Day 2 of the America’s Cup TV trials was meant to feature the two X40 catamarans skippered by Cup veteran Murray Jones and Roman Hagara of Austria, the skipper of the Red Bull Extreme Sailing team and a two-time Olympic gold medalist in the multihull discipline.
The weather gods, however, would have none of it. Or only a little of it.
After 90 minutes on the water, the crews, race officials and TV personnel were forced back to the safety of the Port America’s Cup because of rough conditions.
Last night a northeasterly wind kicked up a short, sharp nasty wave pattern outside the harbor. These were not the conditions that V5 America’s Cup Class boats would have coped with, but the X40s gave it a try anyway. But with the wind blowing 15 to 18 knots, the crash-bang ride, and drenching conditions threatened to damage the expensive television and audio equipment. So time was called on the day’s testing.
“For us, the waves were fun,” said Hagara, 44. “But for the TV guys, it was a little wet.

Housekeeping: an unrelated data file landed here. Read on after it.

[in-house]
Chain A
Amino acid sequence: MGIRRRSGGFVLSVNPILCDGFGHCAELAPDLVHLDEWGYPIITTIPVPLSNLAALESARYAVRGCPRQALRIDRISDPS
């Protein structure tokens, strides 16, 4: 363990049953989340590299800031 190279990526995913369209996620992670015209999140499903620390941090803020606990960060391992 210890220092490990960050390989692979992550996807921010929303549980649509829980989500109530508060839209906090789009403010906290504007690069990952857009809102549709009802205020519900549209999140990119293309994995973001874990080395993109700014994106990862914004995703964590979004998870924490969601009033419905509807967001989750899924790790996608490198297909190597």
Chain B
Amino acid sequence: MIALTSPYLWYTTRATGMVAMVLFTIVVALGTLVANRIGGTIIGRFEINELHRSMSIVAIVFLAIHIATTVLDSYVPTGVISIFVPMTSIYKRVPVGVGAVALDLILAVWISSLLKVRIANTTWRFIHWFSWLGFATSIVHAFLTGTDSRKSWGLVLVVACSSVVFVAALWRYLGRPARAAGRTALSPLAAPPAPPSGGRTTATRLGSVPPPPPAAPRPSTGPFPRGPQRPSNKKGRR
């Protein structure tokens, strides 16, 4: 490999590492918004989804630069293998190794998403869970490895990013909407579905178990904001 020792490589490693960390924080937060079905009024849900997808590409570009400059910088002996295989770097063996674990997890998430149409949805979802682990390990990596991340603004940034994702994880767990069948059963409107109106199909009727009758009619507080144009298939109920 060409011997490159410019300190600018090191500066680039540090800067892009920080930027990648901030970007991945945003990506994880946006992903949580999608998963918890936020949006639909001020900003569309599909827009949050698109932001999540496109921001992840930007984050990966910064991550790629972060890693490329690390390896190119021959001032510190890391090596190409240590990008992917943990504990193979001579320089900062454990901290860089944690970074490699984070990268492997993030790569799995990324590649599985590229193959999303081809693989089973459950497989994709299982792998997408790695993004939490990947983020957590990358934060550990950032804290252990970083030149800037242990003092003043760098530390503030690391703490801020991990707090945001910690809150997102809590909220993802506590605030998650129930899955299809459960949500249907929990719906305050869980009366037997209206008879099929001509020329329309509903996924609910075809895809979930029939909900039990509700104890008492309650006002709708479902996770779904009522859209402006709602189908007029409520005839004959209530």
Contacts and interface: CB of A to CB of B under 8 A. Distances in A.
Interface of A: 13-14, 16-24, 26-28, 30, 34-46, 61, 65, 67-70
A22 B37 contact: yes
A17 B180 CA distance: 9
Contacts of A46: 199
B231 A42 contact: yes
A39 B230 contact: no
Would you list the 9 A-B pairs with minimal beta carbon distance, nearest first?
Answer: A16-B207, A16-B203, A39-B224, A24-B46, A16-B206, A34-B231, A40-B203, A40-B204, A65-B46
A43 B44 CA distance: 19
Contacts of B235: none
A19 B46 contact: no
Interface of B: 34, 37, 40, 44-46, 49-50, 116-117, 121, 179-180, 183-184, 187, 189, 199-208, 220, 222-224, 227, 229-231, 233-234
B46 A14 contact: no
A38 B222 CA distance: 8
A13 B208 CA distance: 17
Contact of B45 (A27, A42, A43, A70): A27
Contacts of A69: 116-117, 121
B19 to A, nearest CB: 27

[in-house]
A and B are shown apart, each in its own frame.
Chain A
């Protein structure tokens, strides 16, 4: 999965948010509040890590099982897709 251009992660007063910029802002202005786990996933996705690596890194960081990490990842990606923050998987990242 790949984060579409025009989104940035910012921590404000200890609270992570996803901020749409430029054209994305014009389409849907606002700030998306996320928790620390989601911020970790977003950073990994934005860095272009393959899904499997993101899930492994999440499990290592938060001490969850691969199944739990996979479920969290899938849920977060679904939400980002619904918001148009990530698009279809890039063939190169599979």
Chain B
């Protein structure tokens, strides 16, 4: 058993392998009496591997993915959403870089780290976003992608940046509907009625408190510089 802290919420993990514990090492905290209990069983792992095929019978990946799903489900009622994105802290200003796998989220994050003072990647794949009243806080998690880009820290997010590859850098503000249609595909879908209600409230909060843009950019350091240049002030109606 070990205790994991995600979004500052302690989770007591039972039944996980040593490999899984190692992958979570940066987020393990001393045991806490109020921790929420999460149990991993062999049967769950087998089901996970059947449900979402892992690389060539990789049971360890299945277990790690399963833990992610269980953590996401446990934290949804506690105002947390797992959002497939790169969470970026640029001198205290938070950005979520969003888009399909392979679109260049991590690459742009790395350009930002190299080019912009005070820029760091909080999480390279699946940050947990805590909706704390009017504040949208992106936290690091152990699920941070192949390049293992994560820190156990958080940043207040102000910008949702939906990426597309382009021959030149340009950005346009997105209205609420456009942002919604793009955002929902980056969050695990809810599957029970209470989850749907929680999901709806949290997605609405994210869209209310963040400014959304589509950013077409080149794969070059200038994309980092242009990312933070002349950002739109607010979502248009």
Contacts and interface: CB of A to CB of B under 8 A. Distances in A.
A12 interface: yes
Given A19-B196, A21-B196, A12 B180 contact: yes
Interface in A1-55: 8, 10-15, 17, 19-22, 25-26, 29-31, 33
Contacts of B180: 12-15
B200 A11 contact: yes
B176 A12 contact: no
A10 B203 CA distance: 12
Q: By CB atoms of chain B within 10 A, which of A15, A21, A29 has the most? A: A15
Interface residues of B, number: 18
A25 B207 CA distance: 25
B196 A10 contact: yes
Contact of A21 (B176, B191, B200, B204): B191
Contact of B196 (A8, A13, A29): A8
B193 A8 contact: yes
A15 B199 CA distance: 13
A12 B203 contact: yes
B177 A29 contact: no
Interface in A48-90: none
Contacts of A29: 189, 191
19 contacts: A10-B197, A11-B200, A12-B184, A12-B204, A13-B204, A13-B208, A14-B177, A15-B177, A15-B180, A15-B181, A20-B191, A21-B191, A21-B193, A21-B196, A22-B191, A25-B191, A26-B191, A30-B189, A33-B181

“The plan was to duplicate yesterday’s session, with a lot of match racing maneuvers, but because of the wind and waves it wasn’t possible with the X40s,” Hagara said.
Hagara (above, right) raced as a tune-up skipper against James Spithill last year in the lead-up to the 33rd America’s Cup. He has been sailing multihulls since he was 14 years old. Besides his gold medals he also has two Tornado world championships to his credit, once as skipper (1999) and once as crew for his brother, Andreas (1987). So it’s hardly surprising the future he’d like to see for the America’s Cup.
“I haven’t match-raced a whole lot, but it’s different, I like it,” said the Austrian. “It can be stressful in close-quarters and mark roundings, you have to make quick decisions. The America’s Cup is the most important regatta for sailing. Hopefully the future is in multihulls.”